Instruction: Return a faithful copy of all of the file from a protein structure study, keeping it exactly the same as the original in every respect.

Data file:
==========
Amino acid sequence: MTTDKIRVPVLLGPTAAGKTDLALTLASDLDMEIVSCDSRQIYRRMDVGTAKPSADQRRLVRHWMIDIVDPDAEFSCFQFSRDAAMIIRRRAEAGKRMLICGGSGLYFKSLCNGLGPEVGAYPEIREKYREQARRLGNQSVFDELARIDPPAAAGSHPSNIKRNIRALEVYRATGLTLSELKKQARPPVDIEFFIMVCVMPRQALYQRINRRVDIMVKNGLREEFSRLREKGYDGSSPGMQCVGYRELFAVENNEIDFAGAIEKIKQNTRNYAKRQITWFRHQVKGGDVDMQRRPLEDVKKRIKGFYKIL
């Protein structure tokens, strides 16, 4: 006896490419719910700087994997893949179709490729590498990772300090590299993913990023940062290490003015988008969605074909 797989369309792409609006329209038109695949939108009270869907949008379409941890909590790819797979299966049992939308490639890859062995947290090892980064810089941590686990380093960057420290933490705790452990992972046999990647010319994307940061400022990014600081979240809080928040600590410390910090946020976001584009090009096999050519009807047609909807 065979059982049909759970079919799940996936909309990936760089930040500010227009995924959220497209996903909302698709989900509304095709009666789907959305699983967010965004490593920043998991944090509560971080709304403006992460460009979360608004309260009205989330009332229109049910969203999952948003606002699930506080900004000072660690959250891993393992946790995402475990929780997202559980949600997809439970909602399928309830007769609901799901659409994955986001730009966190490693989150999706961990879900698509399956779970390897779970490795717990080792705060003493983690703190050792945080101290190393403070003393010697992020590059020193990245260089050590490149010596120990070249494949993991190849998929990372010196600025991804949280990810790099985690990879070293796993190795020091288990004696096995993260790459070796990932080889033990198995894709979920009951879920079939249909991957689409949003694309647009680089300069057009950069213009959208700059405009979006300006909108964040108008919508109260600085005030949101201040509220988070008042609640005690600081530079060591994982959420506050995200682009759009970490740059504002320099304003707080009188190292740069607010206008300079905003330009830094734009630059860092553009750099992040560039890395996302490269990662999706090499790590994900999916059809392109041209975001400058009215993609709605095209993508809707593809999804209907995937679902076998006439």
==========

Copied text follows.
Amino acid sequence: MTTDKIRVPVLLGPTAAGKTDLALTLASDLDMEIVSCDSRQIYRRMDVGTAKPSADQRRLVRHWMIDIVDPDAEFSCFQFSRDAAMIIRRRAEAGKRMLICGGSGLYFKSLCNGLGPEVGAYPEIREKYREQARRLGNQSVFDELARIDPPAAAGSHPSNIKRNIRALEVYRATGLTLSELKKQARPPVDIEFFIMVCVMPRQALYQRINRRVDIMVKNGLREEFSRLREKGYDGSSPGMQCVGYRELFAVENNEIDFAGAIEKIKQNTRNYAKRQITWFRHQVKGGDVDMQRRPLEDVKKRIKGFYKIL
């Protein structure tokens, strides 16, 4: 006896490419719910700087994997893949179709490729590498990772300090590299993913990023940062290490003015988008969605074909 797989369309792409609006329209038109695949939108009270869907949008379409941890909590790819797979299966049992939308490639890859062995947290090892980064810089941590686990380093960057420290933490705790452990992972046999990647010319994307940061400022990014600081979240809080928040600590410390910090946020976001584009090009096999050519009807047609909807 065979059982049909759970079919799940996936909309990936760089930040500010227009995924959220497209996903909302698709989900509304095709009666789907959305699983967010965004490593920043998991944090509560971080709304403006992460460009979360608004309260009205989330009332229109049910969203999952948003606002699930506080900004000072660690959250891993393992946790995402475990929780997202559980949600997809439970909602399928309830007769609901799901659409994955986001730009966190490693989150999706961990879900698509399956779970390897779970490795717990080792705060003493983690703190050792945080101290190393403070003393010697992020590059020193990245260089050590490149010596120990070249494949993991190849998929990372010196600025991804949280990810790099985690990879070293796993190795020091288990004696096995993260790459070796990932080889033990198995894709979920009951879920079939249909991957689409949003694309647009680089300069057009950069213009959208700059405009979006300006909108964040108008919508109260600085005030949101201040509220988070008042609640005690600081530079060591994982959420506050995200682009759009970490740059504002320099304003707080009188190292740069607010206008300079905003330009830094734009630059860092553009750099992040560039890395996302490269990662999706090499790590994900999916059809392109041209975001400058009215993609709605095209993508809707593809999804209907995937679902076998006439």